SPAA Town Hall Meeting Discusses Racism in Public Administration and Actionable Solutions for the School
The COVID-19 outbreak, the resulting economic fallout, and the Black Lives Matter movement have brought structural inequalities and institutional racism back into the limelight. Rutgers SPAA hosted a virtual town hall meeting on Wednesday, July 8, to address how these ongoing issues have impacted the field of public administration and the school, and how the SPAA community can come together to move the mission of the school forward in these turbulent times.
SPAA’s Director of Public Engagement, Sharon Stroye, started the town hall by asking all participants to think about how institutional racism reinforces the inequities in the systems, and posed the question to the discussants and participants: “As a public administration community, how could we work through some of these inequities in place?”
Marilyn Rubin, distinguished research fellow at SPAA, began a discussion of President Woodrow Wilson, Princeton University’s recent removal of his name from schools, his federal policies which reintroduced segregation in the federal government, and his practicing of administrative racism throughout his presidency. Dr. Rubin concluded her remarks by adding, “This moves us from Woodrow Wilson to now – a full century after Wilson’s presidency, we still have administrative racism.”
Dean Charles Menifield opened up the town hall meeting to all participants to hear their views, questions, and suggestions on tackling institutional racism. He asked the SPAA community their opinions on introducing a revised diversity plan, which will serve as a guiding document for faculty and students to discuss institutional racism and ways to tackle it. He suggested that decreasing racism comes through exposure and associations. "We should increase diversity in faculty and staff hiring processes; engage in open and active discussion about racism in our classrooms; and expose students to reading materials, assignments and speakers from persons of diverse background and from those who offer alternative views to popular sentiment," he said.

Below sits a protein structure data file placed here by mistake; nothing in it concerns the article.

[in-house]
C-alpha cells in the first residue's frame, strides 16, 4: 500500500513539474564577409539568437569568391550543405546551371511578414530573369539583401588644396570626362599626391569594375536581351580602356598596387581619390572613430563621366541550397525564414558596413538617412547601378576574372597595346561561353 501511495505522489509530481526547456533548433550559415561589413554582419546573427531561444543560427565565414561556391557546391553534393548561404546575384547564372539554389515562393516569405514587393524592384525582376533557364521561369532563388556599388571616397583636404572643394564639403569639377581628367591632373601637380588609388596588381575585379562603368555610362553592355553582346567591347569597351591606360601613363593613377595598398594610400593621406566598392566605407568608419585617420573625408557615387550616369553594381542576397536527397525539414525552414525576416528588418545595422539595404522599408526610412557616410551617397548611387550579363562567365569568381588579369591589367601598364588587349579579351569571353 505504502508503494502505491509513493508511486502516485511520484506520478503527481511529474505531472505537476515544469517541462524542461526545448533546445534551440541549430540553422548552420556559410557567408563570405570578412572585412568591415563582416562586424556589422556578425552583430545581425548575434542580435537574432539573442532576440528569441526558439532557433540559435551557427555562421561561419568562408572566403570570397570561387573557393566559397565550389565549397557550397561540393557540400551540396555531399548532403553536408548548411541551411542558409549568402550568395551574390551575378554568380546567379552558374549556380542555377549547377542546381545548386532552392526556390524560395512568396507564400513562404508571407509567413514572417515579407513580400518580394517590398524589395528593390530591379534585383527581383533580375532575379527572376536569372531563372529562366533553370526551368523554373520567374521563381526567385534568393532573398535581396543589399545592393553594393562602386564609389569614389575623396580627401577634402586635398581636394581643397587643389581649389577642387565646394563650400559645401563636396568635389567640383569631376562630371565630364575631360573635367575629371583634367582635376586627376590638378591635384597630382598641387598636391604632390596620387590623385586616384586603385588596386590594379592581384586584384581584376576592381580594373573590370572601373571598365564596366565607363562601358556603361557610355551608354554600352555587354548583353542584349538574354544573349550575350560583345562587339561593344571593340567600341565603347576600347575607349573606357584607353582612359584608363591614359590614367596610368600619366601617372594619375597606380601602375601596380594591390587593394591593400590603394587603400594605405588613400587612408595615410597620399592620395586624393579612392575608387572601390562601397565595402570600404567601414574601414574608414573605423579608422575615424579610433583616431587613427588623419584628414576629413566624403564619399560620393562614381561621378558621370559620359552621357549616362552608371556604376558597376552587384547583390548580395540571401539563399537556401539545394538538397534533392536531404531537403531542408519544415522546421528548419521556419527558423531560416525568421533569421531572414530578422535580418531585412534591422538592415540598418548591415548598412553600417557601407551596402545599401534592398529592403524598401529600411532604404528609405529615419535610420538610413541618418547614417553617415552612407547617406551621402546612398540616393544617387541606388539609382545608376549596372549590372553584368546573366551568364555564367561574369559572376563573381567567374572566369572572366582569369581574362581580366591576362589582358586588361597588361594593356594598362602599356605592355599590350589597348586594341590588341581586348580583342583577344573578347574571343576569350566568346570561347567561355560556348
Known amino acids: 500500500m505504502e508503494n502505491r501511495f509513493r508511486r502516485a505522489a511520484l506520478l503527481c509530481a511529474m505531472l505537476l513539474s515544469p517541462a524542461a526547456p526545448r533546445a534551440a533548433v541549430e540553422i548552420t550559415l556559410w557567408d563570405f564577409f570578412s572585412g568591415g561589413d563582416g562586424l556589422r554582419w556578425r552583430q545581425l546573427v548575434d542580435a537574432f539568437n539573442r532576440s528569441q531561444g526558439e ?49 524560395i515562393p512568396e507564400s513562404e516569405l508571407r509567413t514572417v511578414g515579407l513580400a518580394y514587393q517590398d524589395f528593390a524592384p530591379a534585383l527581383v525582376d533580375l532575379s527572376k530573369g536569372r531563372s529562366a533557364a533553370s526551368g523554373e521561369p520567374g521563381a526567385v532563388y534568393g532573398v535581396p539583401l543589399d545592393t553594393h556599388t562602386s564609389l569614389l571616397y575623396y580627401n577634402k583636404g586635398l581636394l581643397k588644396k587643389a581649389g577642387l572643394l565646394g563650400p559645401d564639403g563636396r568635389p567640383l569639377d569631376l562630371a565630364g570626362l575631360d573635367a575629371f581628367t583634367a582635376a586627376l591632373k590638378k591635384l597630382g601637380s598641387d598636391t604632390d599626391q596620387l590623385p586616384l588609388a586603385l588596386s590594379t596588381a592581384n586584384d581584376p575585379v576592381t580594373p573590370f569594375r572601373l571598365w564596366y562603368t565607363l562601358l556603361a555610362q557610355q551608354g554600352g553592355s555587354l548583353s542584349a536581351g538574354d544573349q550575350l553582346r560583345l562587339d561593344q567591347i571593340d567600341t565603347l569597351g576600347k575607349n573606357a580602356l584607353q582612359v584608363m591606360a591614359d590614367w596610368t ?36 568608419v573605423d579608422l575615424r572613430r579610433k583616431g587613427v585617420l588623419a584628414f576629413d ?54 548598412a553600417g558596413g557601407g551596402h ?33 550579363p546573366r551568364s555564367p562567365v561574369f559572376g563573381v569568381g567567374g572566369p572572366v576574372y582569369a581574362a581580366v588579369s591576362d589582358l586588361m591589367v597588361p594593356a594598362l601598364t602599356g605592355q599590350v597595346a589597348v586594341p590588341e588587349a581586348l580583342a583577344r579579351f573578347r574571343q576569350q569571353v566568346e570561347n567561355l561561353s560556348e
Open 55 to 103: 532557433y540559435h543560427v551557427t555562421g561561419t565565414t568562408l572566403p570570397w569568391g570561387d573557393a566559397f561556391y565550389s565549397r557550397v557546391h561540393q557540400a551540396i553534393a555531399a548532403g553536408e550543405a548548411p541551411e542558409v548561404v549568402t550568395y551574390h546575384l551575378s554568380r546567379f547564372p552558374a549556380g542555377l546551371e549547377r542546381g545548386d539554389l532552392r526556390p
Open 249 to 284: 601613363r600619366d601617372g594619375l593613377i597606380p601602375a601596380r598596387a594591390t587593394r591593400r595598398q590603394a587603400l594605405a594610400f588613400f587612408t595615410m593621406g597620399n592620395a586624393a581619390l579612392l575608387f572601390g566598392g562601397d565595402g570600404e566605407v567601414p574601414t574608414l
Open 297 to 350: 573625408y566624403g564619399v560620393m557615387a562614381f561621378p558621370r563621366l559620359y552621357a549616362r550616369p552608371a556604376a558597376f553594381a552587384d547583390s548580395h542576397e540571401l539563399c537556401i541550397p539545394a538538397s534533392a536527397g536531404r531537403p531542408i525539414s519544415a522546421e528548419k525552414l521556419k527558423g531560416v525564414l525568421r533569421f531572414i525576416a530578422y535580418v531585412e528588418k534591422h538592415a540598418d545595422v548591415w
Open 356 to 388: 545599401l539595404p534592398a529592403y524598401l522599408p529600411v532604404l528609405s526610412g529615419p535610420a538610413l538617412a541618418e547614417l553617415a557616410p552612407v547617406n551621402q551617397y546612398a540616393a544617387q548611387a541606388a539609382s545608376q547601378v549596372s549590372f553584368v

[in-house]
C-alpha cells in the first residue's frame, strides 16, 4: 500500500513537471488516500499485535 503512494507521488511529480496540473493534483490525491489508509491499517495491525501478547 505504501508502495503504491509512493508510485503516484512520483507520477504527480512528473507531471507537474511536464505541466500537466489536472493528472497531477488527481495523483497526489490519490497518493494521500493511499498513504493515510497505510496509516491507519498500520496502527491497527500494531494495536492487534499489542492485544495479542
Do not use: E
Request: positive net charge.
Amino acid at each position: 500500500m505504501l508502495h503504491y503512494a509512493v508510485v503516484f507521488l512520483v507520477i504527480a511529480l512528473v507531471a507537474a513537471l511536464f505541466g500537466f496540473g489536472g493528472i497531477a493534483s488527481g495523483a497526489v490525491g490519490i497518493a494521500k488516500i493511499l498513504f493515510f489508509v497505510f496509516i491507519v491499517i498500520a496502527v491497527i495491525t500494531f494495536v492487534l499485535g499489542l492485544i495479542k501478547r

Students, faculty, and alumni openly discussed how SPAA could utilize diverse voices in classrooms and varied scholars in pedagogy and curriculum. One of the takeaways was that SPAA faculty should embed diversity, equity, inclusion, and social justice in every topic area, throughout the curriculum. In addition, it was recommended that the school create a certificate with appropriate courses that address diversity, inclusion, equity, and the LGBTQ community.
SPAA students acknowledged how Rutgers University–Newark has done a lot of work to address racism and improve white consciousness. However, SPAA BA student and newly elected president of the Rutgers-Newark Student Governing Association, Dylan Terpstra added “We take some things for granted here at Rutgers. I think white students like myself need to get uncomfortable. Comfort can be put at the expense if we are going to be serving and working for the public.”